edit /etc/my.cnf to show the following…
[mysqld] port = 3306 # bind-address = 10.10.0.1 # skip-networking ....
* bind-address : local IP address to bind to. If you wish mysql listen on all IPs, don’t use this option.
* skip-networking : Don’t listen for TCP/IP connections at all. All interaction with mysqld must be made via Unix sockets. This option is highly recommended for systems where only local requests are allowed. Since you need to allow remote connection this line should be removed from file or put it in comment state.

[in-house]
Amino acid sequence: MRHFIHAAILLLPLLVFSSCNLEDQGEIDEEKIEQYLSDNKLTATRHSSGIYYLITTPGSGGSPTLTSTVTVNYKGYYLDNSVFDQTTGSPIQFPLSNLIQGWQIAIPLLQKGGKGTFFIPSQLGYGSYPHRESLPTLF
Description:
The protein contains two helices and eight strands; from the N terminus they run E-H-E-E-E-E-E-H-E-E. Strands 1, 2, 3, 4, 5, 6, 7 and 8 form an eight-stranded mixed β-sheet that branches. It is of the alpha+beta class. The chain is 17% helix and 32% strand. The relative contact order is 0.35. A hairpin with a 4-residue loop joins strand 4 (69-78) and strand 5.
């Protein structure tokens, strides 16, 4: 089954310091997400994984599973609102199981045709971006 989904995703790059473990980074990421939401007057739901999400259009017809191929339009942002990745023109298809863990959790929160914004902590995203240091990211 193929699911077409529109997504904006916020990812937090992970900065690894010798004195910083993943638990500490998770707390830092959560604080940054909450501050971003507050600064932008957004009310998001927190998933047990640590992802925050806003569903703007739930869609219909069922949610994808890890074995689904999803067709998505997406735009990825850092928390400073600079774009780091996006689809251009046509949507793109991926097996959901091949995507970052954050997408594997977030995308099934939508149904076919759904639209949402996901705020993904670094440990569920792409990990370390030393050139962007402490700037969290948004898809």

# service mysqld restart
Now you should grant access to remote IP address, login to Mysql:
# mysql -uadmin -p`cat /etc/psa/.psa.shadow` mysql
For example if you want to allow access to database called ‘foo’ for user ‘bar’ and remote IP 192.168.0.1(The IP you are connecting from) then you need to type following commands at “mysql” prompt:
mysql> GRANT ALL ON foo.* TO bar@'192.168.0.1' IDENTIFIED BY 'PASSWORD';
If you want to grant remote access for all databases to any IP:
mysql> GRANT ALL PRIVILEGES ON *.* TO 'USERNAME'@'%' IDENTIFIED BY 'PASSWORD' WITH GRANT OPTION;
Be sure to check that Iptables is set up with the info to allow the remote connection
# iptables -A INPUT -i eth0 -p tcp -m tcp --dport 3306 -j ACCEPT
To add to an existing database: